Tuesday, October 02, 2018

Creating and Using Tokens with Azure Service Bus

The following notes are with regards to the “.net standard” Microsoft.Azure.ServiceBus library and details what each parameter is (because I found the documentation lacking in this regard).

Creating a token

Tokens are created using a TokenProvider. There are many options in instantiating a token provider and then one I am showing here utilizes the Shared Access Signature (SAS). But, if you are running your code in Azure, a better option would be to use the ManagedServiceIdentityProvider, as one doesnt need to share keys, etc.

To create a token using the “CreateSharedAccessSignatureTokenProvider(string keyName, string sharedAccessKey)”, you need a key name and its key. This is retrieved from the “Shared access policies” blade in Azure. Once you have these 2 values, you can create a tokenProvider.

TokenProvider tokenProvider = TokenProvider.CreateSharedAccessSignatureTokenProvider(keyName, sasKey);

The CreateSharedAccessSignatureTokenProvider has overloads, in which you can specify the TTL of the token and the scope (namespace vs entity).

To create the token, you need to use the “GetTokenAsync(string appliesTo, TimeSpan timeout)” on the tokenProvider. The “appliesto” defines the either the namespace or the entity and should be defined as follows:

For access to the entire namespace: testservicebusinstance.servicebus.windows.net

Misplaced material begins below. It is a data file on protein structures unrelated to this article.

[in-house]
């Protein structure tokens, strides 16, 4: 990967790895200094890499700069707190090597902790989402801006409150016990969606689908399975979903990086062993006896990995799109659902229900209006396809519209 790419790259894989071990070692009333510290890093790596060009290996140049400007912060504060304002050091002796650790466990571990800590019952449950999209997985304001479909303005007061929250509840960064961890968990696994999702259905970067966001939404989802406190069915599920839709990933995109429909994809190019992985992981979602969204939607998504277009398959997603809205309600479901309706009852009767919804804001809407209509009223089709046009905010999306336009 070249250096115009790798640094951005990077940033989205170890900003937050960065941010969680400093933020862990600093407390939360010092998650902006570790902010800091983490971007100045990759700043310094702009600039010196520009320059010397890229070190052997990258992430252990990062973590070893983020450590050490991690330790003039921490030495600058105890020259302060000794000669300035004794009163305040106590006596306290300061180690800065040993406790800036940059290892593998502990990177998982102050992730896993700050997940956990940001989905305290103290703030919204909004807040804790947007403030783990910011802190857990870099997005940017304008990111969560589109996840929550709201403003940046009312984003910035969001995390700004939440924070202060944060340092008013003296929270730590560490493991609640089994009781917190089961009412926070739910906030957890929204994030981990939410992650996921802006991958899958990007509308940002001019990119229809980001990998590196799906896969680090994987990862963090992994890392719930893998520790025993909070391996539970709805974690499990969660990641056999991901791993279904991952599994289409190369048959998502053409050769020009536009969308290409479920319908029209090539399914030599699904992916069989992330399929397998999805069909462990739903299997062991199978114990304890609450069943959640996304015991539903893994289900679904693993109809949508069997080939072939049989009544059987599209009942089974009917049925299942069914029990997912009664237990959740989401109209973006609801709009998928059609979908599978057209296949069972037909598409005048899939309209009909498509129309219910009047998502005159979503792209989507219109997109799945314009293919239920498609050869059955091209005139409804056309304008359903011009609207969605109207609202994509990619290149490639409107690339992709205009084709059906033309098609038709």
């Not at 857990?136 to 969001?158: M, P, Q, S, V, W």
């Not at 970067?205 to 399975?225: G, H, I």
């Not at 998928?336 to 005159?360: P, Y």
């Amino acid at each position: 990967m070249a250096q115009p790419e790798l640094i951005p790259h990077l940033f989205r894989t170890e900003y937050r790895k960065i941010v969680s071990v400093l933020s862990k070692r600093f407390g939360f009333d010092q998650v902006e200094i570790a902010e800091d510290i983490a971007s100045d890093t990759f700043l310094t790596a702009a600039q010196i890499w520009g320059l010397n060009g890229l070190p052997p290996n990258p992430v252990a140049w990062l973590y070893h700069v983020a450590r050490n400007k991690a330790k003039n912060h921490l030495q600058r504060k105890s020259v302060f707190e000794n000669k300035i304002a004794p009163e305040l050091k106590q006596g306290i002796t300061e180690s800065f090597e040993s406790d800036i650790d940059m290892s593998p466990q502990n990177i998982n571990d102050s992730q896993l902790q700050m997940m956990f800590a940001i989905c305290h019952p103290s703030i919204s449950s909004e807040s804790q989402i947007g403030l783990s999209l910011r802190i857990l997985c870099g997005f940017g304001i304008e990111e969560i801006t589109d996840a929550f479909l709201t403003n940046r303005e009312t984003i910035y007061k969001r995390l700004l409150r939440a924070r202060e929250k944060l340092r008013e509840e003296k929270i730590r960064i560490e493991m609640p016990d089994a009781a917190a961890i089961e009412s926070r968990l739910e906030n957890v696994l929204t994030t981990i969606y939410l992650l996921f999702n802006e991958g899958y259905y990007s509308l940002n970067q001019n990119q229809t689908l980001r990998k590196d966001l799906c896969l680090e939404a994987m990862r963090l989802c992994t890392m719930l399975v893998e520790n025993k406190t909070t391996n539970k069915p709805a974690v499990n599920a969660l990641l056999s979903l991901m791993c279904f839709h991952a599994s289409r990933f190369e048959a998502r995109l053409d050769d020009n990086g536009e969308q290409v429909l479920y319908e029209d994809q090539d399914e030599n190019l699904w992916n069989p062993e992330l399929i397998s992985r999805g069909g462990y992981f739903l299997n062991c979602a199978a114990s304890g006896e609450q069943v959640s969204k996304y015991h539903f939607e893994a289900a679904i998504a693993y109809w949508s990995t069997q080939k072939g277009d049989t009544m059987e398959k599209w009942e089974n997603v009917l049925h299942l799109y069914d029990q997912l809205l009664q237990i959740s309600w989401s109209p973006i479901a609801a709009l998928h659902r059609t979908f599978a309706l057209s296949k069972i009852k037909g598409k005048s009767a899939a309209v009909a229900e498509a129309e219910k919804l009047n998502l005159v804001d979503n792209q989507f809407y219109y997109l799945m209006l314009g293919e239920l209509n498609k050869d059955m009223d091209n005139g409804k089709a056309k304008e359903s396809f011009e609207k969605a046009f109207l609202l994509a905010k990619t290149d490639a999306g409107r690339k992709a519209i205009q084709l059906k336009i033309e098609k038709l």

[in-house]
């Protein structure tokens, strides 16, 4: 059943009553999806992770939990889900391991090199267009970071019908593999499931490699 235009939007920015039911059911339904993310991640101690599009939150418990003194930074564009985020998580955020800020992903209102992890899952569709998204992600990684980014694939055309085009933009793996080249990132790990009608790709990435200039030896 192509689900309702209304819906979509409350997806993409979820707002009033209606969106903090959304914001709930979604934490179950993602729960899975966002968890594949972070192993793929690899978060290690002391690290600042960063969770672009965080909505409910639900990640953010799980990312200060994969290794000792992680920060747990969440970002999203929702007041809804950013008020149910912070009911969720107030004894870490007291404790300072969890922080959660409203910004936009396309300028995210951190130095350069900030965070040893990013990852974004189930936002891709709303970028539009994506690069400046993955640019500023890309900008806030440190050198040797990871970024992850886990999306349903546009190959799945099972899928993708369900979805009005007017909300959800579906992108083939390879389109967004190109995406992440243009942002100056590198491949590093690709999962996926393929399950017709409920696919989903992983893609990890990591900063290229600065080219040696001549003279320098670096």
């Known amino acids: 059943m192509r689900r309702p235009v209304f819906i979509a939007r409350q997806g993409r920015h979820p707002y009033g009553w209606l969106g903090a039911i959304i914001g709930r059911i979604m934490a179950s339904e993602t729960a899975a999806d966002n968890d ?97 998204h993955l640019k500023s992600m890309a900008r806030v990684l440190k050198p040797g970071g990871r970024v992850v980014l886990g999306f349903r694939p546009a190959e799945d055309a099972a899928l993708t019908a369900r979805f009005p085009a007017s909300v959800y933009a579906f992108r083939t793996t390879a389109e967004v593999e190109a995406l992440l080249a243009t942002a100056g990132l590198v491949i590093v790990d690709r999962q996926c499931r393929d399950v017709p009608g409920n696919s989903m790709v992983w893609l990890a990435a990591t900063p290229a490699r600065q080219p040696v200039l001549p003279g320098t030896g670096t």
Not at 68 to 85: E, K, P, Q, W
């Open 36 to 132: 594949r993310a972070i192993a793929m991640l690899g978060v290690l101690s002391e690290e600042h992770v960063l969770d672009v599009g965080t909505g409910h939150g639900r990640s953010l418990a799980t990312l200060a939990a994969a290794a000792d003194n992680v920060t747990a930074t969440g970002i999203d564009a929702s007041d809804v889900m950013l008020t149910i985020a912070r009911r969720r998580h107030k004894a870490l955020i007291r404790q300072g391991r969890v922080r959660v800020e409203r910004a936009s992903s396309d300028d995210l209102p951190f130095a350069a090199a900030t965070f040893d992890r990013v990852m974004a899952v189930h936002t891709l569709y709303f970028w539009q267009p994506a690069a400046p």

For access to an entity in the namespace called myFirstQueue: testservicebusinstance.servicebus.windows.net/myFirstQueue

Using the token

The GetTokenAsync method returns a token. The token contains a property called TokenValue. You use this TokenValue to work with the servicebus.

var tokenProvider = TokenProvider.CreateSharedAccessSignatureTokenProvider(token.TokenValue);
var client = new QueueClient("testservicebusinstance.servicebus.windows.net", "myFirstQueue", tokenProvider);
await client.SendAsync(message);

Controlling of access to the service bus:

There are 2 things that are possible:
1. restrict scope to the entity
2. specify if the token can manage,send or listen

The first one, I showed you in “creating a token”. The second one is not so obvious and is controlled by the Claims on the SaS policy that you are using (the keyName and sasKey for which you pulled from the SAS Policies blade in Azure).

When to use tokens:

Say you have a lot of different micro-services and they all need to get access the ServiceBus. Also, you dont want to give each one a key, as you now will have to figure out what to do if the key got compromised. Also, you dont want all services to be able to do anything and everything on the ServiceBus. In this case, you would need to stand up a token provider service. The microservices, would then authenticate with the token service and the token service would then determine what the microservice is authorized to do and return a token that has the appropriate claims and scope.

Best practices:

As you can see with the SharedAccessSignature option, you still need to provide your token service the sas-key. Instead, with the release of managed service identities support on ASB, one can do this without the sas-key. So, if your service is going to be hosted in Azure, then MSI is definitely the way to go.

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